You're probably not going to believe this, and I wouldn't blame you, but a man named W.P. Kinsella has written a novel about a man named Ray Kinsella who builds a baseball park in an Iowa cornfield in the hope that Shoeless Joe Jackson will come there to play.
It's impossible to summarize the plot of Shoeless Joe (Houghton Mifflin Company, $11.95), so I won't try. But you might like to know that Jackson (or his ghost) does come to Iowa to play ball and eventually brings with him all his teammates from the 1919 Black Sox, thus proving that there is baseball after death and, equally important, that even throwing the World Series isn't an irredeemable sin if you honestly repent and truly love the game.
Like Joan of Arc, Kinsella (the hero, not the author) hears voices, or rather a voice, that tells him to build the baseball field 50 yards from his house and, later, to find J.D. Salinger, the resolutely reclusive author of The Catcher in the Rye, and "ease his pain." Salinger eventually becomes a major character in the story and, once his reticence is penetrated, turns out to be a dedicated baseball fan and a heck of a nice guy. "Call me Jerry," he says.
The voice is never identified, but it's pretty clear that it's not divine, as Joan's was, but that of some disembodied public-address announcer. To me, a lifelong Tiger fan, it sounds very much like that of Detroit's Joe Gentile. Other readers, other voices.
May 9, 1982
"Is it always the same?" Jerry asks about Kinsella's mystical ball park. The basic fantasy never changes, he is told, but each experience is distinctly different because "Baseball games are like snow-flakes and fingerprints; no two are ever the same." This is a truism, familiar to all baseball fans and no less significant because it is equally true of other sports. But the enduring fact is that while, in retrospect, all volleyball games tend to look very much alike, in the memory of even the oldest fan every baseball game has a shape all its own.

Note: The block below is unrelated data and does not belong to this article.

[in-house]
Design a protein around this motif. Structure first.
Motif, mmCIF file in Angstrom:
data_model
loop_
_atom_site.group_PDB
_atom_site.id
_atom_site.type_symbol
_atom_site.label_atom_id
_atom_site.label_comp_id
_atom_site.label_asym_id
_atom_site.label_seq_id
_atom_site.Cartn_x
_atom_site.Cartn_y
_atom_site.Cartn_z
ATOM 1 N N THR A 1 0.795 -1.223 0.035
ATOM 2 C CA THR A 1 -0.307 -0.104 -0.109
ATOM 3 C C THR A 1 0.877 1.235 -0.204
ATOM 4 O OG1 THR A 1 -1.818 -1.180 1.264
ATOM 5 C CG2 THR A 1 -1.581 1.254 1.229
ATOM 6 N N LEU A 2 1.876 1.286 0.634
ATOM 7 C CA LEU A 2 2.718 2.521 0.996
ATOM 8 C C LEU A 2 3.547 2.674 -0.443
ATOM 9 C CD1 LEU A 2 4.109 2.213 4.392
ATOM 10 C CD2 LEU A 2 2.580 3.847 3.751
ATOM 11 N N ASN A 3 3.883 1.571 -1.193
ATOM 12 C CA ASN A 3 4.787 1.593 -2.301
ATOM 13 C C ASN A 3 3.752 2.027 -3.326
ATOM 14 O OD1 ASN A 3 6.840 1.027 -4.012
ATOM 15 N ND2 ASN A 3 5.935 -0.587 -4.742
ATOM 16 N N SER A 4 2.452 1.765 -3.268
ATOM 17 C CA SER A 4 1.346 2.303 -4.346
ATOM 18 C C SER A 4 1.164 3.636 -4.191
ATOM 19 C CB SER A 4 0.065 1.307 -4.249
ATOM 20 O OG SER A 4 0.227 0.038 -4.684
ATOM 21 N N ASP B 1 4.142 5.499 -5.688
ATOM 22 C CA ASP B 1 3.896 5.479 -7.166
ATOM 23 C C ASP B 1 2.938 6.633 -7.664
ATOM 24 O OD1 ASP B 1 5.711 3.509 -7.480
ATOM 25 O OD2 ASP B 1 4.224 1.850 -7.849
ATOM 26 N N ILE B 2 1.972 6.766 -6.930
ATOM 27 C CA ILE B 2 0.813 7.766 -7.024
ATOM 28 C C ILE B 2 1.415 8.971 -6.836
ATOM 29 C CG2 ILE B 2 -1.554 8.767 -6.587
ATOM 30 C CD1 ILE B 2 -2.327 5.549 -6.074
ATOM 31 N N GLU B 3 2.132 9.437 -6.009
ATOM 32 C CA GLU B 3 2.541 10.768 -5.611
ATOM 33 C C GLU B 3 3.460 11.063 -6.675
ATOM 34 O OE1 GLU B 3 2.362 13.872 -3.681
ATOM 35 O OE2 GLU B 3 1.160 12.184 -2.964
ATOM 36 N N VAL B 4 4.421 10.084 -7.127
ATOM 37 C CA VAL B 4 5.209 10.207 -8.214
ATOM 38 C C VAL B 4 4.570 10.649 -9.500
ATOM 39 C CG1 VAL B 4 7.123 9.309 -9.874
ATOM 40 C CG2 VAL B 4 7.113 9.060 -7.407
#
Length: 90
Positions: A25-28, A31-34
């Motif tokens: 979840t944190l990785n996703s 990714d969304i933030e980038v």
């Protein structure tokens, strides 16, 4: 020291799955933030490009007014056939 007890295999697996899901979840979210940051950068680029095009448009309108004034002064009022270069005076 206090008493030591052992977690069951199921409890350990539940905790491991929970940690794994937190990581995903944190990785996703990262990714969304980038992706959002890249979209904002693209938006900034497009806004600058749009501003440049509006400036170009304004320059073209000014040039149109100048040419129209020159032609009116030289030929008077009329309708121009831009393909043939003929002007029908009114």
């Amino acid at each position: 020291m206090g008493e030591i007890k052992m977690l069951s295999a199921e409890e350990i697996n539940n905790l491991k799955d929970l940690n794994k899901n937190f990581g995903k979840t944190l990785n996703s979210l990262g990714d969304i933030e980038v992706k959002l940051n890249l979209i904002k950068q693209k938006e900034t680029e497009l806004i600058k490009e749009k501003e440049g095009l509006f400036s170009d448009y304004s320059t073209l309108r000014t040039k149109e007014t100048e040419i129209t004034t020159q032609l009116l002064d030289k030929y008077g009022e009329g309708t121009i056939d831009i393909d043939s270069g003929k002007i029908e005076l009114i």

Moonlight Graham, a real person who played one inning in rightfield for the New York Giants in 1905, is another of this book's spectral characters. He died in 1965, but he comes back in Shoeless Joe, first as an aging and beloved family doctor in Chisholm, Minn. and then as a young man starting out to become a ballplayer. The fact that he is starting from Minnesota, where he died, rather than from North Carolina, where he grew up, doesn't seem to bother anyone. Least of all you. By the time you get to this part, you believe.
And then there is Kid Scissons, the Oldest Living Chicago Cub, who turns out to be a fraud, but a lovable one. Everyone in the book is lovable, in fact, with the exception of the narrator's rapacious brother-in-law, who is determined to foreclose on the Kinsella mortgage, bulldoze the ball park and sell the farm, along with half the county, to a huge, unfeeling, computerized agricultural conglomerate. Needless to say, he doesn't succeed. This isn't the kind of story in which evil men prosper.
I don't quite know what more to tell you about this book. I can't even promise you'll like it. If you dislike fantasy but love baseball (a fair description of me), you'll be torn—but I suspect baseball will win. Kinsella, the writer, has made up a story that in other hands might degenerate into foolishness, and made it work. In his creation of Ray Kinsella, this hapless dreamer, this Prufrock who has measured out his life with infield outs, the author has come very close to explaining the magical hold that this strange and complex game has on some of us—the chosen.
Actually, it's Jerry who comes closest to putting it into words. "I don't have to tell you," he says, "that the one constant through all the years has been baseball. America has been erased like a blackboard, only to be rebuilt and then erased again. But baseball has marked time while America has rolled by like a procession of steamrollers. It is the same game that Moonlight Graham played in 1905. It is a living part of history, like calico dresses, stone crockery, and threshing crews eating at outdoor tables. It continually reminds us of what once was, like an Indian-head penny in a handful of new coins."
Perhaps the real J.D. Salinger could have said it better. (Maybe he will.) But this will do for now.